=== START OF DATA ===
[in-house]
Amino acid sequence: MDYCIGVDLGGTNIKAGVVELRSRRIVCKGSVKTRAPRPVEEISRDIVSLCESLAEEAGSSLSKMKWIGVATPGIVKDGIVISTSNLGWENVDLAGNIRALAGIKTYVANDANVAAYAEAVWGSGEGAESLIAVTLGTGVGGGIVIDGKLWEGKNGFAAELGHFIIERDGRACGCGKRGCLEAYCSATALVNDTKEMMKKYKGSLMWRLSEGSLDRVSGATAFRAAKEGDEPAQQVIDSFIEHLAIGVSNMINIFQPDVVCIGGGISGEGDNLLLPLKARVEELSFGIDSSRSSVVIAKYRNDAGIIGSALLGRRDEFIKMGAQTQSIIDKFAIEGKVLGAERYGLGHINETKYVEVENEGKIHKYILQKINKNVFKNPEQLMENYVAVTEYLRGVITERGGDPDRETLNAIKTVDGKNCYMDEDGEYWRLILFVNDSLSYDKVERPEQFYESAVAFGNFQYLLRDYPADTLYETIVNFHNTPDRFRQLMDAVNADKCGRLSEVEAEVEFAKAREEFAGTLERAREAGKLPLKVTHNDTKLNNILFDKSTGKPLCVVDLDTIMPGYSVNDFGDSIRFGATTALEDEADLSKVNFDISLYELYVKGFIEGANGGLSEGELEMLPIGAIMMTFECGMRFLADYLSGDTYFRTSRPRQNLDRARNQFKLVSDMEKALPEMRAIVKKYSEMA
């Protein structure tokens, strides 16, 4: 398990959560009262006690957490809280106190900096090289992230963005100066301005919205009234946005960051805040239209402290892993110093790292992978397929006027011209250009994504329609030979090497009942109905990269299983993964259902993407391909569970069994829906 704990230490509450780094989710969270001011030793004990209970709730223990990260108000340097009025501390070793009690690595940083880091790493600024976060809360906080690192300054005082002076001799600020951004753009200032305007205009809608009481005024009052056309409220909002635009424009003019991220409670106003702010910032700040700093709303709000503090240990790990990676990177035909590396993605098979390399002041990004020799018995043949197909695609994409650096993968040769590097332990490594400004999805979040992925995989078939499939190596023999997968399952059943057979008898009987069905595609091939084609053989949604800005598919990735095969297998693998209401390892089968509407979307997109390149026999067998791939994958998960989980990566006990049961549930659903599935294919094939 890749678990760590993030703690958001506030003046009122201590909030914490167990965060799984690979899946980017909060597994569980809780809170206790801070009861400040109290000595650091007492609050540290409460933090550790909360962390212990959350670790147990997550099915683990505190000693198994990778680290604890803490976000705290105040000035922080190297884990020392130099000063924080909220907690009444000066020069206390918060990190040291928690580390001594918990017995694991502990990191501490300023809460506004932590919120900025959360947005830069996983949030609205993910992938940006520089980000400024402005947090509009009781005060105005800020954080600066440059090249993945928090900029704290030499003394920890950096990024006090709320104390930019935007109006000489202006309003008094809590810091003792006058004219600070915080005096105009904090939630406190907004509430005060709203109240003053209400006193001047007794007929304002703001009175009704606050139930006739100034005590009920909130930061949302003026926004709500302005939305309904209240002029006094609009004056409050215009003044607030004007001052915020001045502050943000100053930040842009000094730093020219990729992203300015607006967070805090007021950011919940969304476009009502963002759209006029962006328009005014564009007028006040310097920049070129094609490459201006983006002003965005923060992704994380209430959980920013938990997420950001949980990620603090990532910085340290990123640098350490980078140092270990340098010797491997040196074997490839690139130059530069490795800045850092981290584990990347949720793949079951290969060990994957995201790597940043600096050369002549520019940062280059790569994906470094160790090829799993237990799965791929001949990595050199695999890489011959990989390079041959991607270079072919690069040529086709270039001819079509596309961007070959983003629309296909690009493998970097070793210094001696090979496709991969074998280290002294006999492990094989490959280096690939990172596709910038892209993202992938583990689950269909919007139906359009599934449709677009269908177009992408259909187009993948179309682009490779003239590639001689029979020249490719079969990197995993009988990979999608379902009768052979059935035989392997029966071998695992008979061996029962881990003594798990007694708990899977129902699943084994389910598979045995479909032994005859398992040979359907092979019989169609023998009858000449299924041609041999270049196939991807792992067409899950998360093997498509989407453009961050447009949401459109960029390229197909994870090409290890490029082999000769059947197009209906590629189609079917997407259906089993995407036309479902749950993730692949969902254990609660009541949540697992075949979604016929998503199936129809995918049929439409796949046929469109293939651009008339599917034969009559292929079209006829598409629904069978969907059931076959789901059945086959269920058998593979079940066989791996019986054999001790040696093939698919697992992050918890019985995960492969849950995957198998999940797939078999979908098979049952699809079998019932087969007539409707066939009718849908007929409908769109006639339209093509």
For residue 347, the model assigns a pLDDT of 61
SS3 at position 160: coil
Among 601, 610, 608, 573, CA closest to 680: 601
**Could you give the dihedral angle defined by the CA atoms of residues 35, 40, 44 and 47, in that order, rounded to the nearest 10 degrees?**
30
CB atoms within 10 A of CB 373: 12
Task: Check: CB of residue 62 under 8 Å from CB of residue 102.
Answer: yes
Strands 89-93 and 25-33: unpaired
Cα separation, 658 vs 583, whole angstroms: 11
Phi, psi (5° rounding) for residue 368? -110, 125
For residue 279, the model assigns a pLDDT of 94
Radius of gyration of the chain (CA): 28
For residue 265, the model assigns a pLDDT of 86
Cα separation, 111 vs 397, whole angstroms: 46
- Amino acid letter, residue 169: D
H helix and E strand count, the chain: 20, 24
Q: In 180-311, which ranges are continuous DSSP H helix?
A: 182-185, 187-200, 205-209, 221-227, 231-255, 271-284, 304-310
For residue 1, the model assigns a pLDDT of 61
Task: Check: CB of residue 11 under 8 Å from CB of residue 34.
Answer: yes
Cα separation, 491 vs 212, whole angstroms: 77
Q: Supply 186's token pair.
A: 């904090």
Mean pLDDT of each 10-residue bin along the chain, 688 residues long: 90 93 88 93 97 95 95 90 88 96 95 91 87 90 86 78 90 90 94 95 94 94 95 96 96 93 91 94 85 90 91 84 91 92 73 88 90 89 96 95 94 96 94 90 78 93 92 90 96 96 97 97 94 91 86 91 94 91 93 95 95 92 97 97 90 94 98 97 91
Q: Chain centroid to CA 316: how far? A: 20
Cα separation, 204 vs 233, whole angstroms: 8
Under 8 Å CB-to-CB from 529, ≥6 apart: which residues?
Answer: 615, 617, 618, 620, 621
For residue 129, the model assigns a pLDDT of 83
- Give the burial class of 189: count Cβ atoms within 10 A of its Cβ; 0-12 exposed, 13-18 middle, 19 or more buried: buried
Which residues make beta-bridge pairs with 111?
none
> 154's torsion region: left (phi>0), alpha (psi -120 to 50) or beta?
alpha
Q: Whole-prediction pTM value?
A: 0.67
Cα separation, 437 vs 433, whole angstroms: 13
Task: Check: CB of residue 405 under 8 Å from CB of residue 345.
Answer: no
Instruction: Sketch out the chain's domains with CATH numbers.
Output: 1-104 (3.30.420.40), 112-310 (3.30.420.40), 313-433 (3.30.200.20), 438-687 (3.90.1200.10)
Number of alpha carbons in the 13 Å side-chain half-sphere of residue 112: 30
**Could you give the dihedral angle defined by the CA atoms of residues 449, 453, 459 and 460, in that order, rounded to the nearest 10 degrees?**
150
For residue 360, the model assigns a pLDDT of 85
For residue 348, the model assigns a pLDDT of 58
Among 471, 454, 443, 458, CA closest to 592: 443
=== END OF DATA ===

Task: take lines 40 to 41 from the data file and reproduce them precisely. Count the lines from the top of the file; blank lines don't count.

Q: Whole-prediction pTM value?
A: 0.67